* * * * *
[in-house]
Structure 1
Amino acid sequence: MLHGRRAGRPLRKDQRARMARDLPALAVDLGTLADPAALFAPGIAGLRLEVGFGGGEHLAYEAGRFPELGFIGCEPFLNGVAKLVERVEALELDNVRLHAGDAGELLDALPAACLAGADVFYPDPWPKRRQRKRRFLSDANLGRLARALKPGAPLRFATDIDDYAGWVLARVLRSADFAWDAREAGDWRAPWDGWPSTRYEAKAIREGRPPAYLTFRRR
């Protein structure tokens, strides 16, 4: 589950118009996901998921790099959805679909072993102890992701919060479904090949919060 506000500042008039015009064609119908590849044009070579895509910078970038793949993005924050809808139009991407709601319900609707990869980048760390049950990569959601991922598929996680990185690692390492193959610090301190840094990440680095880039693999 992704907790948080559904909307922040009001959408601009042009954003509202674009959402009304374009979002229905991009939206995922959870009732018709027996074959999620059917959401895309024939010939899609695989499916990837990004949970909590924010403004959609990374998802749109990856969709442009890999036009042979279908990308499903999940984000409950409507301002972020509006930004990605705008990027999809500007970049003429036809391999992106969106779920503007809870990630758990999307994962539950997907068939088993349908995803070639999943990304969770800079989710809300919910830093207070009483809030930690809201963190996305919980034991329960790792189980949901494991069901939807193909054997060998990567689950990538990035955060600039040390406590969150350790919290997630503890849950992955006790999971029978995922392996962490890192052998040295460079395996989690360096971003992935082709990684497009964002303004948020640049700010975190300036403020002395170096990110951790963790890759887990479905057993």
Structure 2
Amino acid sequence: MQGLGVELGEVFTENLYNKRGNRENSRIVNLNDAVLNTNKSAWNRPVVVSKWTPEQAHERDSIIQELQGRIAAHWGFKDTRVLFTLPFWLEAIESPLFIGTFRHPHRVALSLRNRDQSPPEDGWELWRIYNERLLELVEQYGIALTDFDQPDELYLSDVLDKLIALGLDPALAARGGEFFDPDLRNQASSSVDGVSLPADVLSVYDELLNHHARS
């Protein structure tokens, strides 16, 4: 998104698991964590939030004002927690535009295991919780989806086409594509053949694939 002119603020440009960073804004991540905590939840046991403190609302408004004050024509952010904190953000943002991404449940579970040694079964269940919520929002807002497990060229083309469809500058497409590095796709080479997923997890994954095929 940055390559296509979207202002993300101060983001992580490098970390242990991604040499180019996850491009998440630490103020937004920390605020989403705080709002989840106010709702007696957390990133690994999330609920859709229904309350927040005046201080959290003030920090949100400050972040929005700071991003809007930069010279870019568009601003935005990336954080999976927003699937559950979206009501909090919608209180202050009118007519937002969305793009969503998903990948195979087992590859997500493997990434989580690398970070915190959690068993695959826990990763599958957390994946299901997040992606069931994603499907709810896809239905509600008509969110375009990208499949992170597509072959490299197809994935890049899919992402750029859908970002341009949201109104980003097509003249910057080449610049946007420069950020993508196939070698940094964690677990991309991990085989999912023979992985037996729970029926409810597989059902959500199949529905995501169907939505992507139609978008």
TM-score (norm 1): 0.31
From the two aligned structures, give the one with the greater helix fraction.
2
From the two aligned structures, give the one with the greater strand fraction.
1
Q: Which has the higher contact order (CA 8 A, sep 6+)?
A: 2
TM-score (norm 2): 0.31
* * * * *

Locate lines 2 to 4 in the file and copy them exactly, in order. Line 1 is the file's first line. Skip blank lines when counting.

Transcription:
Structure 1
Amino acid sequence: MLHGRRAGRPLRKDQRARMARDLPALAVDLGTLADPAALFAPGIAGLRLEVGFGGGEHLAYEAGRFPELGFIGCEPFLNGVAKLVERVEALELDNVRLHAGDAGELLDALPAACLAGADVFYPDPWPKRRQRKRRFLSDANLGRLARALKPGAPLRFATDIDDYAGWVLARVLRSADFAWDAREAGDWRAPWDGWPSTRYEAKAIREGRPPAYLTFRRR
């Protein structure tokens, strides 16, 4: 589950118009996901998921790099959805679909072993102890992701919060479904090949919060 506000500042008039015009064609119908590849044009070579895509910078970038793949993005924050809808139009991407709601319900609707990869980048760390049950990569959601991922598929996680990185690692390492193959610090301190840094990440680095880039693999 992704907790948080559904909307922040009001959408601009042009954003509202674009959402009304374009979002229905991009939206995922959870009732018709027996074959999620059917959401895309024939010939899609695989499916990837990004949970909590924010403004959609990374998802749109990856969709442009890999036009042979279908990308499903999940984000409950409507301002972020509006930004990605705008990027999809500007970049003429036809391999992106969106779920503007809870990630758990999307994962539950997907068939088993349908995803070639999943990304969770800079989710809300919910830093207070009483809030930690809201963190996305919980034991329960790792189980949901494991069901939807193909054997060998990567689950990538990035955060600039040390406590969150350790919290997630503890849950992955006790999971029978995922392996962490890192052998040295460079395996989690360096971003992935082709990684497009964002303004948020640049700010975190300036403020002395170096990110951790963790890759887990479905057993």